MASERU – Dearth of standards makes products from the Lesotho National Dairy Board (LNDB) unattractive both locally and internationally, Public Eye has heard.
Lesotho National Dairy Board (LNDB) Chief Executive Officer Abial Mashale said absence of standards in the dairy industry not only restricts them from selling their packed milk and dairy products outside Lesotho but also exposes consumers to foodborne diseases.
He said at the moment, Lesotho imports 80% of its dairy products from South Africa, exposing the local dairy board to intense competition as they are unable to justify the good quality of their products without accreditation and without standard testing equipment.
He said as much as LNDB is established under the Legal Notice No. 246 and mandated to develop, promote and regulate the dairy industry in Lesotho, there are no resources to prescribe standards of production, storage, packaging, processing and distribution of dairy products and to ensure the quality of dairy products offered to consumers is suitable for public consumption.
He said what even worsens the situation for Lesotho is that SADC has entered into a tripartite trade agreement which effectively makes trade in Africa free.
“This means that the market for products, including dairy products, is going to be more open than before. The free trade means that any country in Africa can easily sell its dairy products in Lesotho without any barrier.
“Unless we develop quality infrastructure, especially for the dairy industry, our dairy farmers and processors will never be able to produce high quality milk and other dairy products. Consequently, they will be kicked out of the industry by foreign dairy products.
“If that happens, it will mean poverty levels in Lesotho will worsen,” he said.
He noted that in the past two years LNDB has artificially inseminated more than 2000 cows, both improved and indigenous cows, and has assisted 19 dairy farmers to import improved breeds of dairy cows into the country.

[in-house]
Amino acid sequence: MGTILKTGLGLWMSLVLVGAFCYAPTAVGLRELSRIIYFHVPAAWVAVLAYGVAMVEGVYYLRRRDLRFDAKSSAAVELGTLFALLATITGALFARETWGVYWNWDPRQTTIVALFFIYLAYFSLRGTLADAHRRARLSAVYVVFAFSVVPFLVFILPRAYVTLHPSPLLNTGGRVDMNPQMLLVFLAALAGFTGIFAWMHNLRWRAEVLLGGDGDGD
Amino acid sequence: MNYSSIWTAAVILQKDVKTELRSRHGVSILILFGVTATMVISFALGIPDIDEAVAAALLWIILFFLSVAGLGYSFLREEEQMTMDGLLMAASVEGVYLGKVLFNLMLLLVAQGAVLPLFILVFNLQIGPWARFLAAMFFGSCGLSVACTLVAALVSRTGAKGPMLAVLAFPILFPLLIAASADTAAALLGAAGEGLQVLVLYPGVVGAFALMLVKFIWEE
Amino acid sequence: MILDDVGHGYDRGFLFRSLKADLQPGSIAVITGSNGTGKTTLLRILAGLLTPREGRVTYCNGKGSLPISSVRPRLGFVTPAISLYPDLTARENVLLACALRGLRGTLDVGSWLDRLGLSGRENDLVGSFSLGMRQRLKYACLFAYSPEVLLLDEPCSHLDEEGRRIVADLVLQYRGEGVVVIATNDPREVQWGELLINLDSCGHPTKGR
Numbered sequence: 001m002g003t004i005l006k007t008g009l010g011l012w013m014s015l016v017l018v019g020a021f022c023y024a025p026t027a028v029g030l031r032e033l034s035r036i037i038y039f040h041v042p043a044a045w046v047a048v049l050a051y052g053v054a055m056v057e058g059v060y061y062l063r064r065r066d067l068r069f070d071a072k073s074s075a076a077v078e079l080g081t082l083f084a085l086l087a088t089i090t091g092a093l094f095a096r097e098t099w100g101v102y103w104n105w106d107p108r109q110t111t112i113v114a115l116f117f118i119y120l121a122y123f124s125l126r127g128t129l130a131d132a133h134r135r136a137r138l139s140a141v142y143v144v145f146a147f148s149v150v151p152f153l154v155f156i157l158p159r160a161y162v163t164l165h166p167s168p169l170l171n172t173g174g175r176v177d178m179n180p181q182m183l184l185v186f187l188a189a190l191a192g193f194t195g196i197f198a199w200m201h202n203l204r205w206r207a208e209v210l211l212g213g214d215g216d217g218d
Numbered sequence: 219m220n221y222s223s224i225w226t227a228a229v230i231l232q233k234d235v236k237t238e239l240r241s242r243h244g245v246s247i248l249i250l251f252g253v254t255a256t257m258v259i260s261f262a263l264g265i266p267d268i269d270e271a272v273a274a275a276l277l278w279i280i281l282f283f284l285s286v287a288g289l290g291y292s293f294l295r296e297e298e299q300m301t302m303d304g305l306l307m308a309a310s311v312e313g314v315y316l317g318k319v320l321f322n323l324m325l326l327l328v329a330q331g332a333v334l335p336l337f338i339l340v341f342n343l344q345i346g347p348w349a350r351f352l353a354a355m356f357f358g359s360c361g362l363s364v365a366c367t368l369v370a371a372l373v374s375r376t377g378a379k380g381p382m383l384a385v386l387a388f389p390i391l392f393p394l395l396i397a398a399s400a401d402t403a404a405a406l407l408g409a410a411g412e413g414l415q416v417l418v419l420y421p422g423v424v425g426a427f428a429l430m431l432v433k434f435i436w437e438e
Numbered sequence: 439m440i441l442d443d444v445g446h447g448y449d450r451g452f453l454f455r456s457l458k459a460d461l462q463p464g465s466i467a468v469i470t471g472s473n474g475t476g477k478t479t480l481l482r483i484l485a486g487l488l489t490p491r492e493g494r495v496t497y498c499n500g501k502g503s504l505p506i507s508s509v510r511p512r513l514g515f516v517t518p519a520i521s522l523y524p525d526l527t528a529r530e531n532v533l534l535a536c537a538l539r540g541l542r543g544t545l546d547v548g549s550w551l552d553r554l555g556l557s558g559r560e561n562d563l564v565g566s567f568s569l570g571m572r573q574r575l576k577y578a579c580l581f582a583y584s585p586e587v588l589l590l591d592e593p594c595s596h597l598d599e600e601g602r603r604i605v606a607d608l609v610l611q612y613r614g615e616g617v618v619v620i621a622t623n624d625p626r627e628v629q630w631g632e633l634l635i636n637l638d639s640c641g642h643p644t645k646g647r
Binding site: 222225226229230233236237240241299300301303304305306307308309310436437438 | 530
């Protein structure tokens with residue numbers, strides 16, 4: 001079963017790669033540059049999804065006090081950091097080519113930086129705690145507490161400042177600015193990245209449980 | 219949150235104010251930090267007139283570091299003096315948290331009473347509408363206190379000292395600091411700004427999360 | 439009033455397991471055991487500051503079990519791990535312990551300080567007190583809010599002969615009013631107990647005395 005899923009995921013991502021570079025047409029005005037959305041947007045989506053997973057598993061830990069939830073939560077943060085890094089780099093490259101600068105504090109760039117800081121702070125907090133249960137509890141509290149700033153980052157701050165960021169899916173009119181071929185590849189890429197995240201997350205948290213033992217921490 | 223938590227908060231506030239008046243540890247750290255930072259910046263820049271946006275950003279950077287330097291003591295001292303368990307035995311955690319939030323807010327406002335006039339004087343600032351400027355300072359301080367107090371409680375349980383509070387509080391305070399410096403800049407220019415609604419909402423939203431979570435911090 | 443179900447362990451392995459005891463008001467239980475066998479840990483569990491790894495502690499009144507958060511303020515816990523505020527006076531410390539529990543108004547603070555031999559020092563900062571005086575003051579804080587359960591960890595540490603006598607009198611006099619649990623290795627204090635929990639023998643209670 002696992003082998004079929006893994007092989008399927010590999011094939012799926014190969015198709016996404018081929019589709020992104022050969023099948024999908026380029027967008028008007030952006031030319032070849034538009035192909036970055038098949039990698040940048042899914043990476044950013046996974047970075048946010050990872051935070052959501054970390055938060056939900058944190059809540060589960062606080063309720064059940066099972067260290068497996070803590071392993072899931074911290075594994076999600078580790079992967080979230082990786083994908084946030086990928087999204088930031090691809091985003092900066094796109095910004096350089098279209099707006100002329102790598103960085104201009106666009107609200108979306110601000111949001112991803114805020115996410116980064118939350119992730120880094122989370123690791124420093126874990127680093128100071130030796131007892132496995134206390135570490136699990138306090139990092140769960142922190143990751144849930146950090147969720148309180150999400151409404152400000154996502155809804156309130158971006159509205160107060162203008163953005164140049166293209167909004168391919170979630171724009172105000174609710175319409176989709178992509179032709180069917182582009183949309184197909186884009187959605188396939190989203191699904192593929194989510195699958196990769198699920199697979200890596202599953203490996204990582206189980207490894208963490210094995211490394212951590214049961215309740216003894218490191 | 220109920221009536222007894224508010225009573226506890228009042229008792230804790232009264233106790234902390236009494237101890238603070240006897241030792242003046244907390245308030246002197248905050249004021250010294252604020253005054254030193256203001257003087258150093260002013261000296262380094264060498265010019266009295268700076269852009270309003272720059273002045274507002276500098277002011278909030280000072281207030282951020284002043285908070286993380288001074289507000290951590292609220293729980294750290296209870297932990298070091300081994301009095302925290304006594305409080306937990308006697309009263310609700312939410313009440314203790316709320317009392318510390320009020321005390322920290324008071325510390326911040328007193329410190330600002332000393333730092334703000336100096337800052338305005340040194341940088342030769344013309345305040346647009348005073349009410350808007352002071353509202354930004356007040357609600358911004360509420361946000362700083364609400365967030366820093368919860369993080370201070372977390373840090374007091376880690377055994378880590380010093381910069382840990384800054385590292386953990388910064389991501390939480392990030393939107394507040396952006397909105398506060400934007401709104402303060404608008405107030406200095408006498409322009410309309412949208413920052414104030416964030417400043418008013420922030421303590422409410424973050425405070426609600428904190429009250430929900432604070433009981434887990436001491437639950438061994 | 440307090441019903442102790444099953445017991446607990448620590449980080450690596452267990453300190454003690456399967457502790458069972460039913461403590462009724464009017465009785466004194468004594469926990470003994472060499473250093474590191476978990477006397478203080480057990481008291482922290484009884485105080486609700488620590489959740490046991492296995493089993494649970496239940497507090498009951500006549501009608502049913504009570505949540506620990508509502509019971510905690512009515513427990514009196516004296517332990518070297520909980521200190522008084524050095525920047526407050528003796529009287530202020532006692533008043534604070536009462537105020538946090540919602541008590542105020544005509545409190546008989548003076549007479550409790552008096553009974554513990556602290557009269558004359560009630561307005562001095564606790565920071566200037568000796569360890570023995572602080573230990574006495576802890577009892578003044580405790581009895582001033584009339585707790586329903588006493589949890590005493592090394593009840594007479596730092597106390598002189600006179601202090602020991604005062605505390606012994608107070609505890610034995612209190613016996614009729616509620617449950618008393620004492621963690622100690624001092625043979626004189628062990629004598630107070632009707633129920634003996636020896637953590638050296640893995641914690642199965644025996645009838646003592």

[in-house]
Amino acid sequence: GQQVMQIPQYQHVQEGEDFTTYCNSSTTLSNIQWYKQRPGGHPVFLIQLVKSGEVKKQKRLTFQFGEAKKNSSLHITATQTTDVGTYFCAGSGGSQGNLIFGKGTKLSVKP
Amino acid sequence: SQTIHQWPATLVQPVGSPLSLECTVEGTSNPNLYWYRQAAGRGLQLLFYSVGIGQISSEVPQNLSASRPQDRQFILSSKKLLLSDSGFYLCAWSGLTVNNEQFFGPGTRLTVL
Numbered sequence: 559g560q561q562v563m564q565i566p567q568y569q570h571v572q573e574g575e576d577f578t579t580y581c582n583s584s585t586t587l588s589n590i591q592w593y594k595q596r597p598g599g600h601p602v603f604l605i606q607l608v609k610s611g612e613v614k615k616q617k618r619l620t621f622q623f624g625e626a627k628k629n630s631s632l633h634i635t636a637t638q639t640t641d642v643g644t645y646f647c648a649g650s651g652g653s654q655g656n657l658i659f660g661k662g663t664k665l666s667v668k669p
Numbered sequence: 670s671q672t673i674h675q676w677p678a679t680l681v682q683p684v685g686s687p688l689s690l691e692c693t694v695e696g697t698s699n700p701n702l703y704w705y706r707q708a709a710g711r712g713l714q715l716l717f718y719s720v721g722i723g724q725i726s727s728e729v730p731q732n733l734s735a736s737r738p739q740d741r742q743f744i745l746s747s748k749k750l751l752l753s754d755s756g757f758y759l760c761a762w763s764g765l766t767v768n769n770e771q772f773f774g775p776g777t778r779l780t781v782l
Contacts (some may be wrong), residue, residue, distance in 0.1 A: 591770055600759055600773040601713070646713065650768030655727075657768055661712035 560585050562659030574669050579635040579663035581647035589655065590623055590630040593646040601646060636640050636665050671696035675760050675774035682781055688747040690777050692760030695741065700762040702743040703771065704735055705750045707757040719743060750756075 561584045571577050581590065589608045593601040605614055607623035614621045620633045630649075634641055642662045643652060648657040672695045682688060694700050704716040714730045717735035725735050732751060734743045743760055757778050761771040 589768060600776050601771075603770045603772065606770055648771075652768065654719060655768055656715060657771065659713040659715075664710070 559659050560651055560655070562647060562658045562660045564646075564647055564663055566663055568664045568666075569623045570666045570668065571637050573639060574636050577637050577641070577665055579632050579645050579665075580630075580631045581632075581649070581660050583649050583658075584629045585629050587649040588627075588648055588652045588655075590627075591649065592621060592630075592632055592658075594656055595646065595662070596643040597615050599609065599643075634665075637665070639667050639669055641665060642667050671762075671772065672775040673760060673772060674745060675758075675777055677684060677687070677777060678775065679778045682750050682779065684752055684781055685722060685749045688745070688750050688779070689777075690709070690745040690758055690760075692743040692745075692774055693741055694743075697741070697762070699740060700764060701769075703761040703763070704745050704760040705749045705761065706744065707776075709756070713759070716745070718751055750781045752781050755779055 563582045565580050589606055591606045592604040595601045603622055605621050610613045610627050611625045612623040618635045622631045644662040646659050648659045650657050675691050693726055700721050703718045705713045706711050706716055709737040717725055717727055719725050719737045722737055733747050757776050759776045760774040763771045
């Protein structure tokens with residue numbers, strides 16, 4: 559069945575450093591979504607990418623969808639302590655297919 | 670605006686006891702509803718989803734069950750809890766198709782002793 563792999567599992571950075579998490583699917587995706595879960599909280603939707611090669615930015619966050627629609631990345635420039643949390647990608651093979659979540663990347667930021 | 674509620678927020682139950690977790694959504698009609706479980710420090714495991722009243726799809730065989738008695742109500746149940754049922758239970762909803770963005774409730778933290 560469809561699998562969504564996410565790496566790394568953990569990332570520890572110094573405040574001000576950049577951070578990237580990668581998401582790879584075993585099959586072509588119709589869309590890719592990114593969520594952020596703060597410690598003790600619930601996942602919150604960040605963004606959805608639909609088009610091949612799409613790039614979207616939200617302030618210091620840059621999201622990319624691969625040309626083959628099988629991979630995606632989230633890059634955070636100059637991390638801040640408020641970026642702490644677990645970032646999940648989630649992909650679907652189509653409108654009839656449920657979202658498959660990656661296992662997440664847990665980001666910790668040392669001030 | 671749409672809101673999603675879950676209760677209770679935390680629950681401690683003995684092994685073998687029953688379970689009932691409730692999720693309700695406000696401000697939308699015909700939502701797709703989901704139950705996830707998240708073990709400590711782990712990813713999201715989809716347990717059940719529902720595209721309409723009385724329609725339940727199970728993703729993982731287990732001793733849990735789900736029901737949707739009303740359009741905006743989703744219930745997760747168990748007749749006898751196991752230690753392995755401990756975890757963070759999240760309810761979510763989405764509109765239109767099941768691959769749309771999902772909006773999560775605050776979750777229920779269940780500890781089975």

Mashale said these were done to increase production of milk in Lesotho in order to reduce reliance on imported milk needed for processing by small processors.
He further said there is high potential of anti-microbial abuse in dairy farming because of their highly uncontrolled usage in Lesotho presenting a risk of milk chemical contamination.
“Milk and other dairy products like all kinds of food have potential to cause food-borne sickness. Dairy cows may carry human pathogens. The presence of pathogens in milk and other dairy products may increase the risk food-borne diseases.
“Poor animal health, unhygienic milking practices and subsequent milk pooling and storage also pose risks of further milk contamination from human, environment and growth of inherent pathogens,” he said.
To address the above challenges, LNDB is in the process of developing a code of practice for milk producers in Lesotho which will monitor animal health and welfare, hygiene and infrastructural and machine maintenance.
Mashale said the purpose of the code is to provide guidance to ensure suitability and safety of milk and other dairy products to protect health and facilitate trade.
“This code is also aimed at preventing unhygienic practices and conditions in production, storage, processing and handling of milk and other dairy products,” he said.
Dr Lineo Bohloa said the code of practice will come in handy to milk farmers because currently milk farmers are confused about the low quality and quantity of milk produced by their dairy cows.
She said with the code of practice in place, farmers will be able to identify the causes of poor productivity and eventually improve their practice to meet the needed standard.
She said the code of practice will guide the milk farmers on, among others, hygiene, animal health and storage of milk.